Millennial Makes Millions Reselling Walmart Merchandise On Amazon

Trisha Faulkner

At just 30-years-old, Ryan Grant was able to quit his accounting job that banked an annual salary of $50,000 and embark on an entrepreneurial venture of his own design.

During an appearance on Yahoo Finance's YFi PM, the millennial revealed his business plan involved buying merchandise from Walmart and reselling it on Amazon.

According to Grant, it was a business venture he initially explored with the hope of replacing his accounting job income.

"At the very beginning it was just me doing this out of half of a duplex that I was owner-occupying so there was product literally in every room of the house," Grant dished as he recalled how he kicked off his reselling business.

When Ryan was attending college, he learned how to track the supply and demand of used text books, so he could sell them at a profit. After becoming bored with his job as an accountant, he revived his tracking and reselling methods using a local Walmart.

According to the millennial he would track items in all aisles of the store and pick up merchandise he found to sell for a higher price tag online.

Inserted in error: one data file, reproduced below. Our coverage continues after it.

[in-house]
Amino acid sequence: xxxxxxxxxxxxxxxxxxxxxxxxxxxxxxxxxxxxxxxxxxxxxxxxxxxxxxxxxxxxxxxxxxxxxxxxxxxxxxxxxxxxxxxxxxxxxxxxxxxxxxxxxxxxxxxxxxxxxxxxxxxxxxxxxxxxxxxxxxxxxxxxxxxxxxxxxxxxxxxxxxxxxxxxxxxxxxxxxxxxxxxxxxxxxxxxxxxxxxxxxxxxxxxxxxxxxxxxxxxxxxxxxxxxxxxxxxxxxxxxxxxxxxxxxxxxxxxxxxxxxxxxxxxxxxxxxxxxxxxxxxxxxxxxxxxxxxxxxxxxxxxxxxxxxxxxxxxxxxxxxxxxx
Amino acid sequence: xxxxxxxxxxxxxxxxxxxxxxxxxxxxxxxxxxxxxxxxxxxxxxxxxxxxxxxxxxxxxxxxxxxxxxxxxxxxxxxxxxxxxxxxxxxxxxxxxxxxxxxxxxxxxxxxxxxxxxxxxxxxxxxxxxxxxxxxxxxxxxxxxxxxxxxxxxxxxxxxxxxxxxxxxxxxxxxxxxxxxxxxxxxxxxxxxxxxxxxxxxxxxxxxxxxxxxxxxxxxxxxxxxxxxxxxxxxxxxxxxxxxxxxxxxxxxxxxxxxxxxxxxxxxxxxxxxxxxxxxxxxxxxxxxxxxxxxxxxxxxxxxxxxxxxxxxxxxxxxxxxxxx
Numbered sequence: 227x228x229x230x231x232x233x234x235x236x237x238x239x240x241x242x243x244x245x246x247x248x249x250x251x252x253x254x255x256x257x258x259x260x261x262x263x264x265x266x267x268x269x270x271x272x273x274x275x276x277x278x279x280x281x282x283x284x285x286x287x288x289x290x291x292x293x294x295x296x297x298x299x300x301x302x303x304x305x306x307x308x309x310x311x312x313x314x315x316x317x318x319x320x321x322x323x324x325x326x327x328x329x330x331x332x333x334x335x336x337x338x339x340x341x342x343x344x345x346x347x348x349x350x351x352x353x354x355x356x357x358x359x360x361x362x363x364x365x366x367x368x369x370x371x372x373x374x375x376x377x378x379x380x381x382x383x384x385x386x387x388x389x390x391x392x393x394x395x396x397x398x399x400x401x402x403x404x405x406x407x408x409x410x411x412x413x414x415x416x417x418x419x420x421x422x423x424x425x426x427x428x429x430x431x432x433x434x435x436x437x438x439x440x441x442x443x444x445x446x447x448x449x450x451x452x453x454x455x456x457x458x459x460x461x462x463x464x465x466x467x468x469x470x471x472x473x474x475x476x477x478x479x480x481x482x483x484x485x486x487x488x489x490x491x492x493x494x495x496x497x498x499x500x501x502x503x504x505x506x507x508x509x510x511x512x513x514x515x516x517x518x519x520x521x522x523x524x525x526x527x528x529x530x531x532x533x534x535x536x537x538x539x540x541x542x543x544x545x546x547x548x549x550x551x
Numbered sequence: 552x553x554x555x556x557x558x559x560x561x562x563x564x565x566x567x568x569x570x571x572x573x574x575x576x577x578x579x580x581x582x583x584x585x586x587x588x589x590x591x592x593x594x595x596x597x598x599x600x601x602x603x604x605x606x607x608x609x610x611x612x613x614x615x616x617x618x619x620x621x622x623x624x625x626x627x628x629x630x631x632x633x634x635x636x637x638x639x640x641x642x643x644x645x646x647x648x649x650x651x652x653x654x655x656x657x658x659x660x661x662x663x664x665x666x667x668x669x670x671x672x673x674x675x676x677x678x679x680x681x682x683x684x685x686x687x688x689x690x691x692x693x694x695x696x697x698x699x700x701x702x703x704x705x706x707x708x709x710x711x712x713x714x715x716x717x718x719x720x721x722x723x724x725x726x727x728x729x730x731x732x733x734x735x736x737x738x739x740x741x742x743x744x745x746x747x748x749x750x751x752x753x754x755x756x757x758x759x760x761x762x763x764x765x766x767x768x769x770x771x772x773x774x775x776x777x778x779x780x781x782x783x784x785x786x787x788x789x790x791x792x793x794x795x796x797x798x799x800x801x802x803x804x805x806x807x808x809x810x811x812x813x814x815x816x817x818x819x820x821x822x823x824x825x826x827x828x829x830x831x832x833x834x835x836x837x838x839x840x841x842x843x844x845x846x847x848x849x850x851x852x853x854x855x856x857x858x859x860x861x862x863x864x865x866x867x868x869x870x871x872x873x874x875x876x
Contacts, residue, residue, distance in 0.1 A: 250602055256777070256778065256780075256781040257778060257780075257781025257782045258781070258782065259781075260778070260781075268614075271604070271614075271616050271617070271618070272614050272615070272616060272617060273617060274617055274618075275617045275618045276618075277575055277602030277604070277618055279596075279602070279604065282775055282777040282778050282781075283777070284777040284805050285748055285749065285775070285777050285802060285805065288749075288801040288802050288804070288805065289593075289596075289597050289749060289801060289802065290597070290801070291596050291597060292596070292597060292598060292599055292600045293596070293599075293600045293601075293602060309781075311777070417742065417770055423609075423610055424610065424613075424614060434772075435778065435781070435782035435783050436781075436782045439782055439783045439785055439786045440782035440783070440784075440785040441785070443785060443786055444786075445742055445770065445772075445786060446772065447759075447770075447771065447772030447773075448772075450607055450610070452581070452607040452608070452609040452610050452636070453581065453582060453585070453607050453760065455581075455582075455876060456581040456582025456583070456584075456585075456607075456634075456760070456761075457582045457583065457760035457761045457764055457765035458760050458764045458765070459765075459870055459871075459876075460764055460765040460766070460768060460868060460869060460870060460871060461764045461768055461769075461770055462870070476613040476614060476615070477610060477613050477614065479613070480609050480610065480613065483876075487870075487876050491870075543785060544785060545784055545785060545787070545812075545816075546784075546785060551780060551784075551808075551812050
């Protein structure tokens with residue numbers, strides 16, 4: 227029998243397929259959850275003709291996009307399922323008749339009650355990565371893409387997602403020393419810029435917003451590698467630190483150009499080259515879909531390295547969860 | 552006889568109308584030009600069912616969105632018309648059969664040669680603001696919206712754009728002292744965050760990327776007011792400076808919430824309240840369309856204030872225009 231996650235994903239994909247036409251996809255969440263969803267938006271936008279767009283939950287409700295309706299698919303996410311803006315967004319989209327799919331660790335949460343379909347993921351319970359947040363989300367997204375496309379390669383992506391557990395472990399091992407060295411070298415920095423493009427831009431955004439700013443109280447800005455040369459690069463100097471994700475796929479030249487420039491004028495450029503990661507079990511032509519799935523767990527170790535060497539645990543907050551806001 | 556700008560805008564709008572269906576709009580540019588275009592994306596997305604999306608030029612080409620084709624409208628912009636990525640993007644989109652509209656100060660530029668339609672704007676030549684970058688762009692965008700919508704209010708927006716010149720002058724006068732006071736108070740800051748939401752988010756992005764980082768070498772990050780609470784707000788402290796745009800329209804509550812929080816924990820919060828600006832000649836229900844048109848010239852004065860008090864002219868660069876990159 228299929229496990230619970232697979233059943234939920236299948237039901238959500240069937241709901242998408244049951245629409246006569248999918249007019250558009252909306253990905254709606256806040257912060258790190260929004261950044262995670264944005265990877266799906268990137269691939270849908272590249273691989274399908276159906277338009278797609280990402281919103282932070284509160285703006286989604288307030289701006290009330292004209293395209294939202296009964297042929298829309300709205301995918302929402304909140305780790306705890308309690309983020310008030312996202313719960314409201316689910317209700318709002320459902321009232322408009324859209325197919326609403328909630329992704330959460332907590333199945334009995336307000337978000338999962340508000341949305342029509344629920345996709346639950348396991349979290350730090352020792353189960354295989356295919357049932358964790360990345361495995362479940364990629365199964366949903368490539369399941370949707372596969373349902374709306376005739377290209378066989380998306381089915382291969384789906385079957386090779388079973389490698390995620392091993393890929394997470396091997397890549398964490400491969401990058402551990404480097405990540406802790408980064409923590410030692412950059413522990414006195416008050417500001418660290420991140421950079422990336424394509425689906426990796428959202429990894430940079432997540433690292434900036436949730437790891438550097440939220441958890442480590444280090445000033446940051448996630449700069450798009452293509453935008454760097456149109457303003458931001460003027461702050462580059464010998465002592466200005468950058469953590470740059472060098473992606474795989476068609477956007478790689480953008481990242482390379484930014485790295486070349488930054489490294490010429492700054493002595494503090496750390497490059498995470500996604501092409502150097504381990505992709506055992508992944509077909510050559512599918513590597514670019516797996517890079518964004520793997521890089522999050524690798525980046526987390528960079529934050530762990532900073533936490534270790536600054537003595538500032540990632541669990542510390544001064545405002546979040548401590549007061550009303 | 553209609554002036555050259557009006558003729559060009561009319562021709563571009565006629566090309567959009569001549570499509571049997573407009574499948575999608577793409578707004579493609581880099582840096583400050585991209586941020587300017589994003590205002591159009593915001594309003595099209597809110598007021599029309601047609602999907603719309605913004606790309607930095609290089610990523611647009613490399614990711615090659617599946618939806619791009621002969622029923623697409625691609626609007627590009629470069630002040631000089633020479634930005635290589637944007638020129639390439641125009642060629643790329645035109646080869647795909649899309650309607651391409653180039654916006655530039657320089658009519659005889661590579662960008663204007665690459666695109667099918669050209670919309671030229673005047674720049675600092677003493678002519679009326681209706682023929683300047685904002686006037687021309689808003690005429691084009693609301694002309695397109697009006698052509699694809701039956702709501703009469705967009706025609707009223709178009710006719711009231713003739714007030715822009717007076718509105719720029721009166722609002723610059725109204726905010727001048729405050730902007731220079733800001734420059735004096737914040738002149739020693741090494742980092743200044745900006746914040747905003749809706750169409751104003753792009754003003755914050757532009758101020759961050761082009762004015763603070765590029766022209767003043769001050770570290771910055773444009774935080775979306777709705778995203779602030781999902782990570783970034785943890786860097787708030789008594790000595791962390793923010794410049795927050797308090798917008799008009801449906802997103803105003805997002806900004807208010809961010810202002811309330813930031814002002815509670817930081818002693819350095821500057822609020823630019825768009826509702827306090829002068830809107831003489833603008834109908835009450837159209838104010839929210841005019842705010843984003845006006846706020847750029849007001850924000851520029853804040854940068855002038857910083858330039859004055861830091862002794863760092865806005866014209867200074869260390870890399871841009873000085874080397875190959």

What started out as a side job to bring in some cash while working his accounting job quickly turned into something profitable and he made the decision to leave his accounting job back in 2013.

While Grant acknowledges his company was founded on the concept of purchasing retail merchandise to resell it, he reveals his company has since expanded to purchasing from distributors and manufacturers as well.

The millennial has also recently started to expand his business to sell on other e-commerce platforms, including eBay and Jet, as he does not want to rely exclusively on one platform for his income.

"Amazon is making reselling a little bit more complicated than it has been in the past," he said as he explained his reasoning for branching out.

Despite the continued growth in sales, he revealed the decision to limit himself to an annual salary of $60,000 so he could invest profits into expanding the business further.

Grant estimates that he puts in roughly 15 hours a week while trusting his employees to handle the rest.